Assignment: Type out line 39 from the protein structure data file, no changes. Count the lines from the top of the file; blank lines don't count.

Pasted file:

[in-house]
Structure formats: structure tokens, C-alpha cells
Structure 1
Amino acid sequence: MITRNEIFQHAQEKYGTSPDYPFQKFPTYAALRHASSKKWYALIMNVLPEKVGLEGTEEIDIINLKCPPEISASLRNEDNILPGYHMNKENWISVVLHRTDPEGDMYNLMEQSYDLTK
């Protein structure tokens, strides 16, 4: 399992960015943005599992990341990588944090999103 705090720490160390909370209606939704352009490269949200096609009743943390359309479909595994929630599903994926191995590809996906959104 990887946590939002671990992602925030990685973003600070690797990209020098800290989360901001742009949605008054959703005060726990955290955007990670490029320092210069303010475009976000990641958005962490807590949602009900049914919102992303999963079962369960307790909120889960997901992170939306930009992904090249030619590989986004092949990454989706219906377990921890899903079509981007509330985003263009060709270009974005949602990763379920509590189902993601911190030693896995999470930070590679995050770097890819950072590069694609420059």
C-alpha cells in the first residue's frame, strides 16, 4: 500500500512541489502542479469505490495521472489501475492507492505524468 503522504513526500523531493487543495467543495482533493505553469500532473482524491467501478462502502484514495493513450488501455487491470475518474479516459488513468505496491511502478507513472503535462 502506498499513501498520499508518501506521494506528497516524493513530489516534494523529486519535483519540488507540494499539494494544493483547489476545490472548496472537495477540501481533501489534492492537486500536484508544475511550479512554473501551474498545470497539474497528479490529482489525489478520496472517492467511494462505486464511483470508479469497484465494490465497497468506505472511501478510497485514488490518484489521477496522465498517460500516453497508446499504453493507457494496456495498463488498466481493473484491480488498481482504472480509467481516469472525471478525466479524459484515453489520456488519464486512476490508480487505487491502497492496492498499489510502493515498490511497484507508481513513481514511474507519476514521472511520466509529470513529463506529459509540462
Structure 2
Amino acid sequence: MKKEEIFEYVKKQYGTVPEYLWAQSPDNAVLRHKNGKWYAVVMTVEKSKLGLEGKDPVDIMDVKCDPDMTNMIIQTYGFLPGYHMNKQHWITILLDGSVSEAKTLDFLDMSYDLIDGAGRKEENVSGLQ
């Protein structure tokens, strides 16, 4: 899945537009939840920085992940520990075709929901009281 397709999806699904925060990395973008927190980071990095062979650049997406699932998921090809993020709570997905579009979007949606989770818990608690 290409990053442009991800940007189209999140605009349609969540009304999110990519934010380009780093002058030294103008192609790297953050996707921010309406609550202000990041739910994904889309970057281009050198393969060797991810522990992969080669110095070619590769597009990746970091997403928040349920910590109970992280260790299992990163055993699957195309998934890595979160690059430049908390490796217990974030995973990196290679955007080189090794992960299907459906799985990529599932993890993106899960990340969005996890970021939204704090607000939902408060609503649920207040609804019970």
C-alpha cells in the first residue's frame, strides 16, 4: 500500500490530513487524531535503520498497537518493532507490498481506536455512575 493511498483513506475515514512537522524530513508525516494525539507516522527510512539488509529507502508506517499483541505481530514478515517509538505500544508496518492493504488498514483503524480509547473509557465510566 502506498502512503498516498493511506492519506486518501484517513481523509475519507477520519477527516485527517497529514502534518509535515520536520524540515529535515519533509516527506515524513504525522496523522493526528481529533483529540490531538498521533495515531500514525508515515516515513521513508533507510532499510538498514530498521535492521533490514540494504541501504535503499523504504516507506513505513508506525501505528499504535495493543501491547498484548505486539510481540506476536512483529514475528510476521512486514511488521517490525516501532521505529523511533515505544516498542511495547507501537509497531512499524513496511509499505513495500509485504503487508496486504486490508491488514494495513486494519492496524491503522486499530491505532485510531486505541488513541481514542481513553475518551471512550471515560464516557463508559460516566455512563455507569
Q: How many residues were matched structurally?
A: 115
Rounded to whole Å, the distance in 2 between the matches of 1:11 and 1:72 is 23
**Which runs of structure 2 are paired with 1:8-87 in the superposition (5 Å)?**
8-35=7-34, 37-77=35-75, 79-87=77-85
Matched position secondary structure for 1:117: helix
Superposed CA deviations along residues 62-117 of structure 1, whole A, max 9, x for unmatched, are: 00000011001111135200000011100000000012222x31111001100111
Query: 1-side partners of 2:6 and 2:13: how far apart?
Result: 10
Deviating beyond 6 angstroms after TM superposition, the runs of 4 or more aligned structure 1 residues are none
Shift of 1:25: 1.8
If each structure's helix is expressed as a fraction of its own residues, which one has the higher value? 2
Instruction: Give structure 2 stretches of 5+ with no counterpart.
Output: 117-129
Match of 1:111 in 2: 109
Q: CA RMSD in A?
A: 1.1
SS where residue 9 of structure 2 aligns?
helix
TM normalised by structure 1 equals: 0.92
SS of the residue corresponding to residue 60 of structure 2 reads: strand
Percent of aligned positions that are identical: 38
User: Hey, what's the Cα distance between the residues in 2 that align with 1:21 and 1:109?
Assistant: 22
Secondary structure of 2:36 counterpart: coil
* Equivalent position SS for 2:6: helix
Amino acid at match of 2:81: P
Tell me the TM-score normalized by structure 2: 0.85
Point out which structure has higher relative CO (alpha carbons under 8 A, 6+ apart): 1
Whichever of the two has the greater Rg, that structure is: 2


Point out which structure has higher relative CO (alpha carbons under 8 A, 6+ apart): 1